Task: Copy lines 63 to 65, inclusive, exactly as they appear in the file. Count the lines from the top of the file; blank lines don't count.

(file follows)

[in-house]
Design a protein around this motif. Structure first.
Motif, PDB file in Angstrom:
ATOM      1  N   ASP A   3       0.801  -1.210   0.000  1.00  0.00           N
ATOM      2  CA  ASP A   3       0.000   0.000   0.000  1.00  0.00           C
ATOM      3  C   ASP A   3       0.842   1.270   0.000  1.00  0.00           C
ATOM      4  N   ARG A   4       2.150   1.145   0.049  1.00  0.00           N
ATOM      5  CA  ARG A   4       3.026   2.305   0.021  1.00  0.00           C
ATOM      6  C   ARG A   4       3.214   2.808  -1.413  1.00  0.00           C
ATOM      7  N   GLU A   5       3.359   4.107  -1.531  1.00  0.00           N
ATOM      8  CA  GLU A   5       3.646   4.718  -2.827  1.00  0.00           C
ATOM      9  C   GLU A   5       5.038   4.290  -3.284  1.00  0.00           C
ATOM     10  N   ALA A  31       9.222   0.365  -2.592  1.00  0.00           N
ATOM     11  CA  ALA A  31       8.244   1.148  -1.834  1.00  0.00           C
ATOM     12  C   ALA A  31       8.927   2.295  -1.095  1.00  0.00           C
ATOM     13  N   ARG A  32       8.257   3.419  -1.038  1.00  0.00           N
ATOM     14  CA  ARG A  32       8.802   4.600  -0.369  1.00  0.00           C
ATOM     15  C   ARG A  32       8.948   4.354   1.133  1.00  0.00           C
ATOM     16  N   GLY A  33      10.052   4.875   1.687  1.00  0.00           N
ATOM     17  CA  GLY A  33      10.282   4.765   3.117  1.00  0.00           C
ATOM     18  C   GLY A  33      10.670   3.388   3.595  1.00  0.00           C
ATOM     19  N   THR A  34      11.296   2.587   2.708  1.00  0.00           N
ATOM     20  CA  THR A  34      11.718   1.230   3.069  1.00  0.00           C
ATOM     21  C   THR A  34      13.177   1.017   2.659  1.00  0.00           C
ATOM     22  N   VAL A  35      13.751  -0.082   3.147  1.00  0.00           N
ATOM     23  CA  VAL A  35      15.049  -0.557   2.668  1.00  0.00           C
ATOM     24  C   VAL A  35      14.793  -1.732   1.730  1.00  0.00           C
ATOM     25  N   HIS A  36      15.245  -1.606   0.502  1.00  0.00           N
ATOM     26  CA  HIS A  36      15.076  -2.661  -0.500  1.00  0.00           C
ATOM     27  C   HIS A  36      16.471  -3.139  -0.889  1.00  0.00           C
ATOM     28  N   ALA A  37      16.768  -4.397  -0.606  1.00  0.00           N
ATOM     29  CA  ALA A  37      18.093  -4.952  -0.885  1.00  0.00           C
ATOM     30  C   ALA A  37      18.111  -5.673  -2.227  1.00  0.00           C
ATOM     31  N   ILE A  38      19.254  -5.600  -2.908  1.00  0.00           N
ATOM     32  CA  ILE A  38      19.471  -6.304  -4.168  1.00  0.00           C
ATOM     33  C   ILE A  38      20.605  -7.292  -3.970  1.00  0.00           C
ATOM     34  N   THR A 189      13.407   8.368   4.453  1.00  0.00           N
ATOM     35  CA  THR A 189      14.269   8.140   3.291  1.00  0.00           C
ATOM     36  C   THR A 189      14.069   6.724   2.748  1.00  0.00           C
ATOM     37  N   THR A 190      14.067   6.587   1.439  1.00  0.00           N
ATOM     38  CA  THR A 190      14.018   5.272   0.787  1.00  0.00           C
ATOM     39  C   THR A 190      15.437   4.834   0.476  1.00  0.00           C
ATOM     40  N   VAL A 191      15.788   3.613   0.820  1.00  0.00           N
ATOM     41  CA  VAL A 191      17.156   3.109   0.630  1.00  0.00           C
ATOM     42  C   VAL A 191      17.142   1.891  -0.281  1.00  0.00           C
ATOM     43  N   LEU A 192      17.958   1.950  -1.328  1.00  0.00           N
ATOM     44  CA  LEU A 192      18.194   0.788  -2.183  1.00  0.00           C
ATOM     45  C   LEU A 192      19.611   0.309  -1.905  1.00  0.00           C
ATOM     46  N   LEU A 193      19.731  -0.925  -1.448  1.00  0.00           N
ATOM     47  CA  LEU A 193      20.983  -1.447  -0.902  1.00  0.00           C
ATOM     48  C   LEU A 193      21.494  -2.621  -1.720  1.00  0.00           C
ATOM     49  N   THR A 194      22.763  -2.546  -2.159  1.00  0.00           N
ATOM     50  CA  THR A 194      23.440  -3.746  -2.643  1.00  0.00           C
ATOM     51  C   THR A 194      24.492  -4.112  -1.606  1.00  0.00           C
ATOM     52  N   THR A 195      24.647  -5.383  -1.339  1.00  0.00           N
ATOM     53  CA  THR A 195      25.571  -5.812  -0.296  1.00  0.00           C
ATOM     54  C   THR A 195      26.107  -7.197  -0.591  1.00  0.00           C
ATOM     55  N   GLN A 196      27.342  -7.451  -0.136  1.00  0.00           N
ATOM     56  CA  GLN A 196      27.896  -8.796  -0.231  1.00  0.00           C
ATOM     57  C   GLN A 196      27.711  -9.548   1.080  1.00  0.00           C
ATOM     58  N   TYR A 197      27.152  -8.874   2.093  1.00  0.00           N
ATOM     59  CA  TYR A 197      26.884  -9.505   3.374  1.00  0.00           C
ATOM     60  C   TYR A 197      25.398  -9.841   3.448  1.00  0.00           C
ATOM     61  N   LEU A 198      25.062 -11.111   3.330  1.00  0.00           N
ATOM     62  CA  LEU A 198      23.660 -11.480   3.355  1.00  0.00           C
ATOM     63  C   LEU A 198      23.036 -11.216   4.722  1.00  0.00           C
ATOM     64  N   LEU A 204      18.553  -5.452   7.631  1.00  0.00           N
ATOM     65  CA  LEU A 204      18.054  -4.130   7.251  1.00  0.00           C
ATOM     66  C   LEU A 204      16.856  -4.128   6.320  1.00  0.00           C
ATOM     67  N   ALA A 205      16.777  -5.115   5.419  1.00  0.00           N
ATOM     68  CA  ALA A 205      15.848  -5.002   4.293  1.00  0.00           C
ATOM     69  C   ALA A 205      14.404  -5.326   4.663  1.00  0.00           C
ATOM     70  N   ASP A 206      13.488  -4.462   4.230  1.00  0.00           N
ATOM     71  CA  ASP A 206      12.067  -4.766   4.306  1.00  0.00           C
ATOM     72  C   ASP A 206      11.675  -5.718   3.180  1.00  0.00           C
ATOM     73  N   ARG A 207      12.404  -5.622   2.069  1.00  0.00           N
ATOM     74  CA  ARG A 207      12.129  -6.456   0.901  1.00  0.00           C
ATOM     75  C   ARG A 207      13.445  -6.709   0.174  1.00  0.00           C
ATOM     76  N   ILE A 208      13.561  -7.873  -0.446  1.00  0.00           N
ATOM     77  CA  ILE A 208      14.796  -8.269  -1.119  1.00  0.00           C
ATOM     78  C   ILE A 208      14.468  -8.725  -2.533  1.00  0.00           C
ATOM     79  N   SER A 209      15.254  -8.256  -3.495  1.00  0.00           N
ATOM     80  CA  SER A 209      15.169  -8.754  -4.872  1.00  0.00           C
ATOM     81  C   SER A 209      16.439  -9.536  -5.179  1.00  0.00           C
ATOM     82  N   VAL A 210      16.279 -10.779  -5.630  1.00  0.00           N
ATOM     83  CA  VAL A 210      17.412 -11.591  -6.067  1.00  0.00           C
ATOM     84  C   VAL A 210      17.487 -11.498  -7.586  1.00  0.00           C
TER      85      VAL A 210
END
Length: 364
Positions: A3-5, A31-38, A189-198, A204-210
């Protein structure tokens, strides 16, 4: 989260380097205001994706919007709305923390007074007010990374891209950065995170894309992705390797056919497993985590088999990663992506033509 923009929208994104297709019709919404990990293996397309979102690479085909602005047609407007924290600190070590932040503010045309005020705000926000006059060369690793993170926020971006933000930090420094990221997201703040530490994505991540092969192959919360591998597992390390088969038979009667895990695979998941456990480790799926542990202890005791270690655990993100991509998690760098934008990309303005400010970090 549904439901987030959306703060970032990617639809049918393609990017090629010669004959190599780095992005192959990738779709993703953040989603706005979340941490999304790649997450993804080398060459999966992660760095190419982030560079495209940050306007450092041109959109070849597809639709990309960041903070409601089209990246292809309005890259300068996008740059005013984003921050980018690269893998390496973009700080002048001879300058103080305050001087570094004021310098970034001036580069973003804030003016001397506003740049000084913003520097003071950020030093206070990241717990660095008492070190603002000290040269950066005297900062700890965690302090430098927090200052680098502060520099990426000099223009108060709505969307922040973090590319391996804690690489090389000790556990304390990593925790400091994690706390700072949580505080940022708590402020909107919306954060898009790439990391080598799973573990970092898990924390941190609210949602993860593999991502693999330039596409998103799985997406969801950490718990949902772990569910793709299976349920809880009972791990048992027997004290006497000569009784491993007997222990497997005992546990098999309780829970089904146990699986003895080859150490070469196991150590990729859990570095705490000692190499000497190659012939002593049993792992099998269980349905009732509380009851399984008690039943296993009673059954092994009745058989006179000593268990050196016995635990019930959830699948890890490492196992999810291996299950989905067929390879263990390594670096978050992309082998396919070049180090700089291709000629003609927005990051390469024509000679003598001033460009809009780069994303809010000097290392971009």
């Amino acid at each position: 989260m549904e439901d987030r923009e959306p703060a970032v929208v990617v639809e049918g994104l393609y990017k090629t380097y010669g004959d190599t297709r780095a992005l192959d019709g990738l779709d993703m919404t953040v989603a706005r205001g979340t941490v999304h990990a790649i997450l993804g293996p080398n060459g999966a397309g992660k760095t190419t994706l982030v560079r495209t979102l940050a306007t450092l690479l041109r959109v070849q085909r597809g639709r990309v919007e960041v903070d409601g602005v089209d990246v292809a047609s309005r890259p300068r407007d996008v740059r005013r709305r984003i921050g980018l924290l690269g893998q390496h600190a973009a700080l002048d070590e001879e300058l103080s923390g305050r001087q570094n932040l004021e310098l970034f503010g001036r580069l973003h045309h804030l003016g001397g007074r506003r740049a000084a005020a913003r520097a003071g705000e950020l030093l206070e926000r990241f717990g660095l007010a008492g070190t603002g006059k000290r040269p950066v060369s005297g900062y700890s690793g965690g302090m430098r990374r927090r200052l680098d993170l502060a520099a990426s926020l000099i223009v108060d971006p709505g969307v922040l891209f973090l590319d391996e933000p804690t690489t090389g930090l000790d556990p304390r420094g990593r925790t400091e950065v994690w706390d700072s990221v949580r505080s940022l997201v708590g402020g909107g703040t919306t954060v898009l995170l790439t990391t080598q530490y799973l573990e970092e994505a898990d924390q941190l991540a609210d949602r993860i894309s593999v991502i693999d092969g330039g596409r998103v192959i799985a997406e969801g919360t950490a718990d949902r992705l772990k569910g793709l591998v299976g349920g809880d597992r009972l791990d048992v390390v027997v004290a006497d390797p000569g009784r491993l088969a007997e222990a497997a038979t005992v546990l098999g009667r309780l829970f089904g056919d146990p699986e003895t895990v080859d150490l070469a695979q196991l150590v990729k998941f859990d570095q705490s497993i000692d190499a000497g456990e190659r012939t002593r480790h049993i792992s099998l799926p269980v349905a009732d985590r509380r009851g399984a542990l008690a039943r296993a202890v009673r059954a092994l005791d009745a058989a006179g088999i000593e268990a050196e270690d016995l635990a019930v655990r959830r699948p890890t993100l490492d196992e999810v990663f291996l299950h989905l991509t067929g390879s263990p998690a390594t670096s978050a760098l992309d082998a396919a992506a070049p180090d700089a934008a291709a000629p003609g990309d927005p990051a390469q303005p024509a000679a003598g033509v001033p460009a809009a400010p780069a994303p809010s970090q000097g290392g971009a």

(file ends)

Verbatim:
ATOM     60  C   TYR A 197      25.398  -9.841   3.448  1.00  0.00           C
ATOM     61  N   LEU A 198      25.062 -11.111   3.330  1.00  0.00           N
ATOM     62  CA  LEU A 198      23.660 -11.480   3.355  1.00  0.00           C